Archive for September, 2019

6 Helpful Questions to Ask Yourself When Deciding if Bankruptcy is Right for You

Friday, September 27th, 2019

6 Helpful Questions to Ask Yourself When Deciding if Bankruptcy is Right for You

Bankruptcy can help you eliminate debt and get back on your feet, and it’s often a new start for those who have been dealing with long-term financial trouble. However, filing for bankruptcy is a major decision, and many people find it confusing. If you’re wondering whether or not filing for bankruptcy is the right choice for you, these six questions can get you started on the right track.

Will Bankruptcy Help You?

Depending on the type of debt you have, your income, and the types of property you own, there are situations in which filing for bankruptcy can do more harm than good. For instance, there are certain financial commitments that are considered “priority obligations” by the court. These are debts that don’t go away, and you’re still responsible for paying them even if you file for bankruptcy. These include such obligations as alimony, child support, and various tax debts. If much of your debt is secured, you might also want to consider another option. Those with the financial means to settle with their creditors outside of the bankruptcy courts may find that doing so is a better option.

Do You Meet the Eligibility Requirements?

Filing for bankruptcy won’t do you any good if you don’t qualify. To file for Chapter 7, you’ll have to pass a means test, and to qualify for Chapter 13, you have to earn a certain amount. Based on your income, the types of debt you have, and the chapter you want to file under, you might find that you don’t qualify. Be sure to do your research.

Is There a Lawsuit Against You?

If you’re facing a lawsuit from your creditors, bankruptcy is almost always a great option. When you file for bankruptcy, an “automatic stay” goes into effect and your creditors are legally barred from going after you in any way until the bankruptcy case is settled and closed. They also must suspend any legal action against you. Because a lawsuit can often mean the loss of your home, car, and wages, filing for bankruptcy can be a financial life saver.

Are You Facing Foreclosure or Repossession?

The automatic stay also means your creditors can’t go after any property you have that’s a part of a secured debt (i.e., property you’ve been given in exchange for the promise of payment). Filing for bankruptcy can give you some breathing room and help you avoid losing your car or home. You usually can’t get rid of your lender’s lien on any property you have, but you can use bankruptcy to catch up on payments you’ve missed, reduce the total balance owed, and eliminate unsecured junior liens via a process known as lien stripping. These benefits exist almost exclusively within Chapter 13 bankruptcy, so be sure to look into that option if you’re facing repossession or foreclosure.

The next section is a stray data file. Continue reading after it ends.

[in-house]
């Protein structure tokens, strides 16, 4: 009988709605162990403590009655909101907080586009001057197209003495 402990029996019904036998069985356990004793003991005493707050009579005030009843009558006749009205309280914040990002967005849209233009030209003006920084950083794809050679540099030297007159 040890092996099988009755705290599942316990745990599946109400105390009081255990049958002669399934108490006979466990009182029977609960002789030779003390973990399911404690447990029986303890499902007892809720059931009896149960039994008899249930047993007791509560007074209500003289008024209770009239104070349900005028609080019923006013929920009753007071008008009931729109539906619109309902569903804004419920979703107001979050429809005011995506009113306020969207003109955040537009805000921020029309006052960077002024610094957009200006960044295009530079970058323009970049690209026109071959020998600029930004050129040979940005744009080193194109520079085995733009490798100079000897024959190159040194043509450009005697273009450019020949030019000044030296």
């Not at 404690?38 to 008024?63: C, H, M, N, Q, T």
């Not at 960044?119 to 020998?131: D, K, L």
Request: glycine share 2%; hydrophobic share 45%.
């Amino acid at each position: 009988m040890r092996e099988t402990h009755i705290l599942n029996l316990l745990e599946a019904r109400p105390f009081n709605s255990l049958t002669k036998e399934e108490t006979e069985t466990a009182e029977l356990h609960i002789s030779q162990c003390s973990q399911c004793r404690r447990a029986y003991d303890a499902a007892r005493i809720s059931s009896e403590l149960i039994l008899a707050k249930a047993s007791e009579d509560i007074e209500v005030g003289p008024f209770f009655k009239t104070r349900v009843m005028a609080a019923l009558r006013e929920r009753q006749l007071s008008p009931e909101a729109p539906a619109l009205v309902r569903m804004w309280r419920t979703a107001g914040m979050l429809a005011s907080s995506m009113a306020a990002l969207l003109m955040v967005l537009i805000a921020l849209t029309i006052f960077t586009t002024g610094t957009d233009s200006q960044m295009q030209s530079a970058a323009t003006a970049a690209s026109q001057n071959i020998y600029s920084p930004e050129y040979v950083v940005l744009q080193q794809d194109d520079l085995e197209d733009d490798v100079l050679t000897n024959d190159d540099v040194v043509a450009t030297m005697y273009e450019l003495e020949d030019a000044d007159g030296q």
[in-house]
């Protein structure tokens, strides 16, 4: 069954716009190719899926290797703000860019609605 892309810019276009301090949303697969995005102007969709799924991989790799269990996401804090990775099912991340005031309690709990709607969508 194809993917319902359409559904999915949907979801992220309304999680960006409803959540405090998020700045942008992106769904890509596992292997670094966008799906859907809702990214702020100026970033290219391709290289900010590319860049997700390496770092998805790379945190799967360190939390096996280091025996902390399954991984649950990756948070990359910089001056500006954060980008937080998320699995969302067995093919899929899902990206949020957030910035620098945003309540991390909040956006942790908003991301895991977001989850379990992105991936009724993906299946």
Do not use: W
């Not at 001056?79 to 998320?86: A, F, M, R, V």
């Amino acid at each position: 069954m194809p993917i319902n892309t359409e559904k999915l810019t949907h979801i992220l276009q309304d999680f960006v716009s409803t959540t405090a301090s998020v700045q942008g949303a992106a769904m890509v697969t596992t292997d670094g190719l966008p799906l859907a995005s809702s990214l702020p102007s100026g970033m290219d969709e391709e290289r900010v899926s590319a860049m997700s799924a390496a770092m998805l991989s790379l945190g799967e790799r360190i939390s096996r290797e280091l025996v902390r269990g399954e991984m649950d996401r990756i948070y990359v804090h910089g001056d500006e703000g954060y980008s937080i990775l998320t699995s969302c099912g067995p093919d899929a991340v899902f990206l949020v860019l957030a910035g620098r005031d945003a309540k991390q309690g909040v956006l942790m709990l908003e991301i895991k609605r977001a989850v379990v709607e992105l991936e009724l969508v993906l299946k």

What Property Do You Own?

Under the bankruptcy code there are two types of property: exempt and nonexempt. Exempt property, such as your home and car, can’t be sold in order to pay back your creditors, because losing that property would leave you worse off than if you had the debt. In other words, you’re allowed to keep your home and car because the government understands that you can’t be expected to live without a home and a car simply because you owe debt. If you own a lot of nonexempt property, such as a second home or a timeshare, you might want to consider an option other than bankruptcy, especially if you’re looking at Chapter 7. Under Chapter 7 bankruptcy you can wipe your financial slate clean, but the trustee in charge of your case can sell any nonexempt property in order to pay back some of what you owe to your creditors.

If you have the income available and can qualify for Chapter 13 bankruptcy, you can keep your property, but you have to commit to a three- to five-year payment plan wherein you pay a specified amount every month. You don’t get to eliminate your debt, but you do get to keep your property. Consider the value and types of property you own when determining whether or not bankruptcy is right for you.

Which Chapter Should You File Under?

Chapter 7 allows you to keep your property and usually wipes your debt slate clean without requiring you to pay back anything. You also get a resolution to your case within a few months. However, this option is usually best for those with limited property and income. If you have a lot of nonexempt property and your income can support a repayment plan, you might consider filing under Chapter 13 instead, which acts like debt consolidation by restructuring the total amount owed to all of your creditors into a single monthly payment.

You must take many things into consideration when deciding whether or not to file for bankruptcy. While these questions can help you narrow down your options, it’s always best to consult a bankruptcy attorney in your area before making any final decisions. Only a bankruptcy lawyer can help you navigate the legal waters and ensure you get the best possible outcome.